Is There a Market For Your Drug?
- Posted by Jennifer King
- On October 19, 2009
At Camargo, we can help clients evaluate the market potential of their proposed drug product by examining factors that might influence the resulting medical position at the time of product launch. When desired or needed for potential fund-raising, we can also perform a full marketing forecast. One aspect of this is to look at market size.
The ROI of any project depends on the cost and time to reach the market and the revenue over time from the market. Market revenue includes number of scripts multiplied by price per script less several expense factors. Let’s focus on the potential scripts in this post.
You can estimate the potential script activity to ascertain what the eventual market size might be. A market assessment is comprised of qualitative and quantitative studies. These studies examine and then quantify the potential market size to obtain the following inputs.
- Determine the incidence and prevalence of the targeted treatment area in their practice. Incidence is frequency of development of a new illness in a population, while prevalence is the current number of people suffering from an illness in a given year. This number includes all those who may have been diagnosed in prior years, as well as in the current year. Coupled together, this number represents the entire population of patients for which the drug could be prescribed.
- Determine how many patients the physician sees with the disease. This data is also aimed at determining what portion of patients might seek treatment.
- Determine the current treatment options. This is straightforward if the proposed therapeutic target has existing drug products. For unmet needs, we must rely on the number of cases to treat.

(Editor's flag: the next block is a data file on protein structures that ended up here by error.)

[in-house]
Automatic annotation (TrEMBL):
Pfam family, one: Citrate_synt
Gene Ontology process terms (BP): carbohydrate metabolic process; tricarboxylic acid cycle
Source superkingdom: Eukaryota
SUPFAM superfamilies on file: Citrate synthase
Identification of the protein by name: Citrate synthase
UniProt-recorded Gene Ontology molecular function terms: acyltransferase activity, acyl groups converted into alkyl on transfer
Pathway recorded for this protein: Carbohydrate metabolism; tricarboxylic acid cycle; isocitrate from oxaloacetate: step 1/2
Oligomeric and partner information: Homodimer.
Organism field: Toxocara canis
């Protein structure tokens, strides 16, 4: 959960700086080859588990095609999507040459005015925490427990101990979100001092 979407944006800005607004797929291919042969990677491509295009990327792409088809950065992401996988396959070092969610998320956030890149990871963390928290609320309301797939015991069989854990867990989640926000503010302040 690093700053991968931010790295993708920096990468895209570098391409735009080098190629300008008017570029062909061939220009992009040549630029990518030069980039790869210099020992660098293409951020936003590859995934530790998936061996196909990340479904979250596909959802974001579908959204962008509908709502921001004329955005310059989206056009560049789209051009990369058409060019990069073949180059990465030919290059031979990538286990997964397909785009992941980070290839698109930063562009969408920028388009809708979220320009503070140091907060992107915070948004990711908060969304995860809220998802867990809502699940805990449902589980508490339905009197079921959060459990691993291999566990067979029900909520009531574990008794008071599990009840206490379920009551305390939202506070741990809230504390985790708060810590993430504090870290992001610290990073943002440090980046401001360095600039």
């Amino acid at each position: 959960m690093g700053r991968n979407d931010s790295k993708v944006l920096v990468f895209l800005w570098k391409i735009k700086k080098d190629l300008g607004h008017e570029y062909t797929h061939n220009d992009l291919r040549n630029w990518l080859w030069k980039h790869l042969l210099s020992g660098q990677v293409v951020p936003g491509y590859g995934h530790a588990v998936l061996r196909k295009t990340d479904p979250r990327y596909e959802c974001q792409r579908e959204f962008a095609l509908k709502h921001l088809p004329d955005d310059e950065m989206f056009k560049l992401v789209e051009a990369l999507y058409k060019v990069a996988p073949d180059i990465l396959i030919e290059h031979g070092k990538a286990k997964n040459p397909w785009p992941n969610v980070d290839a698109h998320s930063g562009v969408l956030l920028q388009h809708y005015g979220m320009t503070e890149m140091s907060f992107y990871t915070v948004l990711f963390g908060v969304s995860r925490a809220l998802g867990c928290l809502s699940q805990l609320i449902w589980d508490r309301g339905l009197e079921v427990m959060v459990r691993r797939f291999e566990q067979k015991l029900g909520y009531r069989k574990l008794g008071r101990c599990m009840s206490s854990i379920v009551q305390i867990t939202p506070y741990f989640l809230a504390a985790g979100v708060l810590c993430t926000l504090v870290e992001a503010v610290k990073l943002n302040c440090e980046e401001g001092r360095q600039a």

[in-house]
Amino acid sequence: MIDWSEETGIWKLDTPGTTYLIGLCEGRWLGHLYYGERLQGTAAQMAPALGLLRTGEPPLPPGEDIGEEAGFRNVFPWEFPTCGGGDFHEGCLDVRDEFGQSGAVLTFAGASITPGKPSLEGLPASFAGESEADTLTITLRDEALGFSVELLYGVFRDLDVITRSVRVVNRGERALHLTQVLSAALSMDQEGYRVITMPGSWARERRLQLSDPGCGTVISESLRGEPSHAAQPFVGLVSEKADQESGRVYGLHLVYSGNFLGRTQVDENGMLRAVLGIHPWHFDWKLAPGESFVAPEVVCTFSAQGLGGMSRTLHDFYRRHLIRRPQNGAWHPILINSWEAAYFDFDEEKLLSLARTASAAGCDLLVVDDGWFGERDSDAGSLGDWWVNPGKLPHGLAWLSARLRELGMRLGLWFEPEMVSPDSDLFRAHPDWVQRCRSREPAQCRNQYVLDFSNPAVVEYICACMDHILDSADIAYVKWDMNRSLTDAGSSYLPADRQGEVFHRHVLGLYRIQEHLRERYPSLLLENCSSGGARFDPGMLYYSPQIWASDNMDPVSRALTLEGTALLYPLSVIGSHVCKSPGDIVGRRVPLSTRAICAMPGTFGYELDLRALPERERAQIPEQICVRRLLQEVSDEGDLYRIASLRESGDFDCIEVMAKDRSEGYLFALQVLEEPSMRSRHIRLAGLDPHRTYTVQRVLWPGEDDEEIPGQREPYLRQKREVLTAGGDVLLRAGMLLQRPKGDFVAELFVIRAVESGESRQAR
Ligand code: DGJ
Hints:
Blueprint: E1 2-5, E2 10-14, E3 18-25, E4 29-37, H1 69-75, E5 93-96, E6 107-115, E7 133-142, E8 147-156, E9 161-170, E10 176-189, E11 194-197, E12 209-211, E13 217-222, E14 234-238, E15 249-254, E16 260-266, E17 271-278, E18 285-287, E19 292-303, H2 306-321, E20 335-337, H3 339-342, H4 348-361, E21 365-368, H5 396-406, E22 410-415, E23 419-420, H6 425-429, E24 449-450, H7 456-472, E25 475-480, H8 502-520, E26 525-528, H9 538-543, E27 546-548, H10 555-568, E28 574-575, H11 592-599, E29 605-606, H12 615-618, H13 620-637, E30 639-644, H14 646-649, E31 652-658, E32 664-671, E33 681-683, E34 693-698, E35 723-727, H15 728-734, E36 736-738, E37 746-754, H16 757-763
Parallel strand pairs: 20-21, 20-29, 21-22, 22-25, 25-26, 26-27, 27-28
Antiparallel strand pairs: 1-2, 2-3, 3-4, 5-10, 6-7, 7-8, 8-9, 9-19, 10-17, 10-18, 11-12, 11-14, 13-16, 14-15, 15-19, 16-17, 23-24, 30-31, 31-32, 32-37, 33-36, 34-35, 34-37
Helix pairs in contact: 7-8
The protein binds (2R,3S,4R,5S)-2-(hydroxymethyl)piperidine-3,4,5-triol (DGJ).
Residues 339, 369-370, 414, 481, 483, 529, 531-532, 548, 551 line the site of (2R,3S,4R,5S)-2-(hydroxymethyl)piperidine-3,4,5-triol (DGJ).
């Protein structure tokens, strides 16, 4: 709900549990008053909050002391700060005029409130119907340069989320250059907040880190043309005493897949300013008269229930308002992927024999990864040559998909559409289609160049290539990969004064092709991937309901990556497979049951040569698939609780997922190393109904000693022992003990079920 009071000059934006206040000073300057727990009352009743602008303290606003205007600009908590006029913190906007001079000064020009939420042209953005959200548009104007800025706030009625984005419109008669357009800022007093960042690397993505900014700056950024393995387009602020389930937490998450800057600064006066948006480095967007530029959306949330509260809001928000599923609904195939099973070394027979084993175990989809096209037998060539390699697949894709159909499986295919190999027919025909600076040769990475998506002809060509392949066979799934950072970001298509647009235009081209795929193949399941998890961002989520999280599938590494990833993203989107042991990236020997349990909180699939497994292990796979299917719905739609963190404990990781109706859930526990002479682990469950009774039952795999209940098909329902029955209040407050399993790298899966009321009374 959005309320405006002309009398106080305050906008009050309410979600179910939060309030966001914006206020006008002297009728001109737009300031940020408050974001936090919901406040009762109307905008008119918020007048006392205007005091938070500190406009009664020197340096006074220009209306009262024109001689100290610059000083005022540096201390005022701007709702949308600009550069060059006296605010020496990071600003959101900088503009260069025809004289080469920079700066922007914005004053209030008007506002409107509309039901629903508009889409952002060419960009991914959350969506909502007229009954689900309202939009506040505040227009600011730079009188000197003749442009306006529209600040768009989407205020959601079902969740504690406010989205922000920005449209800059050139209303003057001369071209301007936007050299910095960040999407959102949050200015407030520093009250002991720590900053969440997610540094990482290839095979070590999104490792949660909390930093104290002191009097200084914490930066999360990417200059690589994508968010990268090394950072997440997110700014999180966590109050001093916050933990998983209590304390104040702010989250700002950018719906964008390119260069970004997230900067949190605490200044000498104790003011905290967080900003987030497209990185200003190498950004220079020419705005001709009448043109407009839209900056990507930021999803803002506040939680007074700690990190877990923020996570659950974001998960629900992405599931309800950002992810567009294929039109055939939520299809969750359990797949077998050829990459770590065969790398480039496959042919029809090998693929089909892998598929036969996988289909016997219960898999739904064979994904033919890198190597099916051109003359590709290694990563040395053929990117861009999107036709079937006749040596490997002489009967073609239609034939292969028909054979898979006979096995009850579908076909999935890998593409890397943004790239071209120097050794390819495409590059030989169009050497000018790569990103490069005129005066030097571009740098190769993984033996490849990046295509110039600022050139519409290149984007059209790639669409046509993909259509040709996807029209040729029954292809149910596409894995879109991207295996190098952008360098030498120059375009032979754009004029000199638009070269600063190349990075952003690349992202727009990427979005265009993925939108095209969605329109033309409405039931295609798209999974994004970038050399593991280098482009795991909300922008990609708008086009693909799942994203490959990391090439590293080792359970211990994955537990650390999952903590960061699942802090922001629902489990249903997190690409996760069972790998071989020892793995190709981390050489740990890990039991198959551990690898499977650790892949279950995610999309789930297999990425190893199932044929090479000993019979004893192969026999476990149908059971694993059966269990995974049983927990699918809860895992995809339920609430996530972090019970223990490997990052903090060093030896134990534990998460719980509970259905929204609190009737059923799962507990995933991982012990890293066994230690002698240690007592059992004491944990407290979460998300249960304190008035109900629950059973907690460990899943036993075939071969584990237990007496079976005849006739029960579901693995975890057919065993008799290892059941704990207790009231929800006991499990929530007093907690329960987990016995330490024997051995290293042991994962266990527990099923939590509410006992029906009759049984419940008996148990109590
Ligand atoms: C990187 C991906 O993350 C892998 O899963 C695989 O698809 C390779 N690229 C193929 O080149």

- Determine potential replacement of current therapy with proposed drug product. Physicians are challenged with a proposed product profile and asked if they would substitute.
- Determine the number of physicians treating the patients.
- Determine the number of current prescriptions for the current therapies. This data is obtained from databases maintained by industry prescription surveillance companies, such as IMS.
As can be seen, much of the data above is objective. However, it is based on sampling and projection and thus subject to challenge. The major subjective number is the percent penetration – the substitution of current therapy by the physician. Market penetration is ideally a function of the improvement of the proposed product over the current product. In practice, the skill of the sales force, advertising to consumer and other marketing can have a profound effect on the ultimate revenue of the product.
The above inputs are not exhaustive in market forecasting. It is also important to consider potential changes to medical practice, new product introductions and formulary status, among others.